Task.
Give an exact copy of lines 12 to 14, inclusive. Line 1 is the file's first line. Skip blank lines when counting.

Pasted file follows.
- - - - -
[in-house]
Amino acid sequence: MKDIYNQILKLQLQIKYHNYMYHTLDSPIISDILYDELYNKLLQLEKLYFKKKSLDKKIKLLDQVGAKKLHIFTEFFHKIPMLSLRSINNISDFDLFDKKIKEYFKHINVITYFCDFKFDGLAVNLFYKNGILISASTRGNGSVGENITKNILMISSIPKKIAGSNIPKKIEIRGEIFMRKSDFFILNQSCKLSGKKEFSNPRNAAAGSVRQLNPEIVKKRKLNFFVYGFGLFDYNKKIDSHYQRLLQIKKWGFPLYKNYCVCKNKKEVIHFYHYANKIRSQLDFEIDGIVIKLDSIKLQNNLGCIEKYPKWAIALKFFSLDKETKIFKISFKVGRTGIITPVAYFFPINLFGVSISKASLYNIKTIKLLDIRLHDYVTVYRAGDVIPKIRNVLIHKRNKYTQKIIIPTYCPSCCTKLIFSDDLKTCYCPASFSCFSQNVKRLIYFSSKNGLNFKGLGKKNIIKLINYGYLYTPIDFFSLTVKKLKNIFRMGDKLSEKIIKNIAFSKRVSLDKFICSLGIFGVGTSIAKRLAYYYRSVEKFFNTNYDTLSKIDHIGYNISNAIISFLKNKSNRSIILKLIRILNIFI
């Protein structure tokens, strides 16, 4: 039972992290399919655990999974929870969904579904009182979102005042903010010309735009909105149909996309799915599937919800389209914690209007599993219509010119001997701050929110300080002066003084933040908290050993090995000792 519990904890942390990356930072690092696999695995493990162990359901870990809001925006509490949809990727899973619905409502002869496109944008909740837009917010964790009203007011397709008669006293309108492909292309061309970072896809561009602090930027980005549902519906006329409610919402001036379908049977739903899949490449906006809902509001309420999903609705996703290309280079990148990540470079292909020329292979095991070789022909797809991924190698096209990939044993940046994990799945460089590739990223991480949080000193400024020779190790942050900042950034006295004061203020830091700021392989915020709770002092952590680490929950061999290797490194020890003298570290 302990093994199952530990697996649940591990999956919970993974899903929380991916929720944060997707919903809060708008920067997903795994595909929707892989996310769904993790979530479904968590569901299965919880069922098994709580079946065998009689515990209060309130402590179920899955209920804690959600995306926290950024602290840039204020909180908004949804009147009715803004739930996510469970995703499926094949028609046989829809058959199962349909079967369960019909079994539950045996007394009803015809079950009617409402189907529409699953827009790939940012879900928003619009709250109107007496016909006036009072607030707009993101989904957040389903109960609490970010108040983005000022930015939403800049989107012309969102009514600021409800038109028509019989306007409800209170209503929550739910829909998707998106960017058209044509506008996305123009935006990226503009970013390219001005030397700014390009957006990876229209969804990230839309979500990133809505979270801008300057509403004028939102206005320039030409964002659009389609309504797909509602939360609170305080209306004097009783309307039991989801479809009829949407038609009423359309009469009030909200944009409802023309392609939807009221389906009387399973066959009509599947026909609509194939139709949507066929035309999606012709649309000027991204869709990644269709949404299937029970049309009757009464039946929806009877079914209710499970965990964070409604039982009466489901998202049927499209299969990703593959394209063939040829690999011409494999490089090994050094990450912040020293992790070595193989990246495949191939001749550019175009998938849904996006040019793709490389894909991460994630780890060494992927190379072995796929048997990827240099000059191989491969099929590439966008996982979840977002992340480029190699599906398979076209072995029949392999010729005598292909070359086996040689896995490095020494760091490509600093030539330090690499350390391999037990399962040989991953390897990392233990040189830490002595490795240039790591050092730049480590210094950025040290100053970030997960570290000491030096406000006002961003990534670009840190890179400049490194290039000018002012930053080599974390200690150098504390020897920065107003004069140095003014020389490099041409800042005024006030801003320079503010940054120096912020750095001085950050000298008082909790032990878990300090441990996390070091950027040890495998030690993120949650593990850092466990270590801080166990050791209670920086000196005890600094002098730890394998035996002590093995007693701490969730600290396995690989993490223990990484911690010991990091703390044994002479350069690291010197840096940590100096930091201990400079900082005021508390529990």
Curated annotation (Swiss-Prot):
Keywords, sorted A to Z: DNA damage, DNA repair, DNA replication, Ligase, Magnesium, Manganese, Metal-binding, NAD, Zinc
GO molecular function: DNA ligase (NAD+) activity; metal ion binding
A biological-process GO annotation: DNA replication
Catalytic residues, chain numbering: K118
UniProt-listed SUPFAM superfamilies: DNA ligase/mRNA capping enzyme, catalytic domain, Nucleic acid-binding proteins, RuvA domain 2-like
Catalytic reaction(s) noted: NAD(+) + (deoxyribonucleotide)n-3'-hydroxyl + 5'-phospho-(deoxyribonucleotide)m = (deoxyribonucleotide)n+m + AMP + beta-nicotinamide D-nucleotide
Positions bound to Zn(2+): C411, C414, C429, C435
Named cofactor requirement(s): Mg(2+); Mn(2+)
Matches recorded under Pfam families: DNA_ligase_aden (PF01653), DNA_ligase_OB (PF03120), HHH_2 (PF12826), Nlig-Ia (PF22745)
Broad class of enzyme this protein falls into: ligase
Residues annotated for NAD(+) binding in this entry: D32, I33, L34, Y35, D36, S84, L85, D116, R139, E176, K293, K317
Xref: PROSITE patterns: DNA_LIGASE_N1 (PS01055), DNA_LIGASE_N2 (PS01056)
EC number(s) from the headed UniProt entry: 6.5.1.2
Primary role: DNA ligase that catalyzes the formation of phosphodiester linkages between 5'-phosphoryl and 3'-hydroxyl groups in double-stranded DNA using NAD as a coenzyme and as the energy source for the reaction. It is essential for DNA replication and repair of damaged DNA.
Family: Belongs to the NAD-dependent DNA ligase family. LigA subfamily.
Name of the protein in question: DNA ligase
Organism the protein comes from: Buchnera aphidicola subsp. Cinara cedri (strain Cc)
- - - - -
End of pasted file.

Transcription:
Named cofactor requirement(s): Mg(2+); Mn(2+)
Matches recorded under Pfam families: DNA_ligase_aden (PF01653), DNA_ligase_OB (PF03120), HHH_2 (PF12826), Nlig-Ia (PF22745)
Broad class of enzyme this protein falls into: ligase